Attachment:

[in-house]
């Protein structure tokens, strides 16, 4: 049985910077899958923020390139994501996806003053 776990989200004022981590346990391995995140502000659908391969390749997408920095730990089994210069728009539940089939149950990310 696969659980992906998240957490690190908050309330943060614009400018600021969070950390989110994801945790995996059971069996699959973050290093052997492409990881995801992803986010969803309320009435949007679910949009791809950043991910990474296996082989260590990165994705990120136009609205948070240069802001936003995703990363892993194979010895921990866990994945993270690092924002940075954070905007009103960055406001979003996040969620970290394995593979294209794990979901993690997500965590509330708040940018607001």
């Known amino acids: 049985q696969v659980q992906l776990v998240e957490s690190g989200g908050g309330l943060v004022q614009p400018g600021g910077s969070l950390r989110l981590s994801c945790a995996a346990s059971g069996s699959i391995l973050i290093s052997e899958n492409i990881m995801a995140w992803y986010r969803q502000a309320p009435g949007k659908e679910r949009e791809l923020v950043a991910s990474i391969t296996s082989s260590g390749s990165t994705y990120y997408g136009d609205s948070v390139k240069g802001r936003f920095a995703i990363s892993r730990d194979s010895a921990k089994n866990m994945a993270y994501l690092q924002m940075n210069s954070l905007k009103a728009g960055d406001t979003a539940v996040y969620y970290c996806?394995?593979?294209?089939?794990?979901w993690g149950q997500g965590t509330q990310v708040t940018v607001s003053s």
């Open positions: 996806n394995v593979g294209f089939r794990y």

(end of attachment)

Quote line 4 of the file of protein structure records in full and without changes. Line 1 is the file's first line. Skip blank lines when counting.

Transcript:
């Open positions: 996806n394995v593979g294209f089939r794990y």